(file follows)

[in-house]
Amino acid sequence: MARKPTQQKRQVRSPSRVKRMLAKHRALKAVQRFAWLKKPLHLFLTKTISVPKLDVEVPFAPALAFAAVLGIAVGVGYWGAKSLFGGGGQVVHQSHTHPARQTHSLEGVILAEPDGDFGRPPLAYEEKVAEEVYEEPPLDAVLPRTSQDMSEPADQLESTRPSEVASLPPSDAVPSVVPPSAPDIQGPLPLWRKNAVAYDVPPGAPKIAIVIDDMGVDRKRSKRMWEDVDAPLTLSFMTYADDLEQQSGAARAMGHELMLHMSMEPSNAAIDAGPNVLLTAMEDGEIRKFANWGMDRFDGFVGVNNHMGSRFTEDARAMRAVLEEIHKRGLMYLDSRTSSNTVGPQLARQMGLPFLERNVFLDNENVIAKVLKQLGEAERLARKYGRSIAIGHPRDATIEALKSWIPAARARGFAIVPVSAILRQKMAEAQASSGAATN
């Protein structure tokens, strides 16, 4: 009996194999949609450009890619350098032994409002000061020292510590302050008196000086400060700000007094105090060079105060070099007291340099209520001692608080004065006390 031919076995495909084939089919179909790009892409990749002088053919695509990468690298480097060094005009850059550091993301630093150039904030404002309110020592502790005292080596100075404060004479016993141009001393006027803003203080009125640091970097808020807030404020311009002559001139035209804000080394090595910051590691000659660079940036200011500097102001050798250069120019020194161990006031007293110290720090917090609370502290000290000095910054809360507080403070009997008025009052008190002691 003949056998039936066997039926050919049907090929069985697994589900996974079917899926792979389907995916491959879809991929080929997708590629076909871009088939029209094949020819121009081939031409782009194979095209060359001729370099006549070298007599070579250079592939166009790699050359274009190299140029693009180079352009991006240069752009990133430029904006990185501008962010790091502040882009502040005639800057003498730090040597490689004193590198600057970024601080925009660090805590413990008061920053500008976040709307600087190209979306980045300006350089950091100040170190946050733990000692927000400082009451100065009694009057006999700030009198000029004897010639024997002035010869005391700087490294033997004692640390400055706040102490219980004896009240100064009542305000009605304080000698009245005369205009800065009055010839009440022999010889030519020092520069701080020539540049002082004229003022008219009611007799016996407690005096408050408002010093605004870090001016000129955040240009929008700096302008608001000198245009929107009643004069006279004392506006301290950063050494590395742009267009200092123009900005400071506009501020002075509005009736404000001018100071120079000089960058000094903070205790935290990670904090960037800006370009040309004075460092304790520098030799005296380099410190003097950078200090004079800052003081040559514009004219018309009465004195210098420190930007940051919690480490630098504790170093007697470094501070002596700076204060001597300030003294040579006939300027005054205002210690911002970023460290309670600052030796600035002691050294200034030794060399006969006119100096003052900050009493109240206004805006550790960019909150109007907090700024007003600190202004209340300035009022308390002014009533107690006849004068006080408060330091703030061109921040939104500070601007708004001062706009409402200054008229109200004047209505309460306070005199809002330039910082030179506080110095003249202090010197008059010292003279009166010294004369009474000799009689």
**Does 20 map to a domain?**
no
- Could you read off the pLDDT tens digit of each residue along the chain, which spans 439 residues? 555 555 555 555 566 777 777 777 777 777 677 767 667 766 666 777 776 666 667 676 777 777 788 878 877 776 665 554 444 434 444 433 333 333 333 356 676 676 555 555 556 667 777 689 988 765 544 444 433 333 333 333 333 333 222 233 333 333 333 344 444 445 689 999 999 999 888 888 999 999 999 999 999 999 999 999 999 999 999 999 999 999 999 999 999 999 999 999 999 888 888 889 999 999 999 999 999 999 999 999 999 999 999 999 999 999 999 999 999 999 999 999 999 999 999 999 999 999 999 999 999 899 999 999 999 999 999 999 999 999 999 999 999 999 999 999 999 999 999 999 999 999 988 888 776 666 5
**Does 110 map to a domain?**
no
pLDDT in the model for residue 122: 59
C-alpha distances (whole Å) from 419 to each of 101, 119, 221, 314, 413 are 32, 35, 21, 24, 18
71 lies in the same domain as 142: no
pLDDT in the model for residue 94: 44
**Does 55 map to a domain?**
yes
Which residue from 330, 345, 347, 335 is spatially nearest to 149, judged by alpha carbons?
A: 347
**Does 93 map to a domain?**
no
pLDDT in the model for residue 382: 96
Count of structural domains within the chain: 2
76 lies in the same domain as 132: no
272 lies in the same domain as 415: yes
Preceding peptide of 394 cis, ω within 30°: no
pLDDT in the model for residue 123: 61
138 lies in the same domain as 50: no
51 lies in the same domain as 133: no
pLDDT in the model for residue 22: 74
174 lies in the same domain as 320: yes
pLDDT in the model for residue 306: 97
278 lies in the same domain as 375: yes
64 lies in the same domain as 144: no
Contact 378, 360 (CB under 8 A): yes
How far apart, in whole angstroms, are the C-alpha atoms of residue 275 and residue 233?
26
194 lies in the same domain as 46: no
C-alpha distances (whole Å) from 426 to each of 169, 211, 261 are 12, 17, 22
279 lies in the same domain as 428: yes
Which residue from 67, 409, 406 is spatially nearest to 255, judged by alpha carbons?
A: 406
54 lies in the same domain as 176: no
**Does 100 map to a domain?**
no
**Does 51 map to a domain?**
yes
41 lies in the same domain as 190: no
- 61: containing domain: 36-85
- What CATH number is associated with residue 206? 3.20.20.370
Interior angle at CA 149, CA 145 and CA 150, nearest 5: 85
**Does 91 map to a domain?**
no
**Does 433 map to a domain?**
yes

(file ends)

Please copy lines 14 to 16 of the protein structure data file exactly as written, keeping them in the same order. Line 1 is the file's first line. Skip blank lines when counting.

yes
Which residue from 330, 345, 347, 335 is spatially nearest to 149, judged by alpha carbons?
A: 347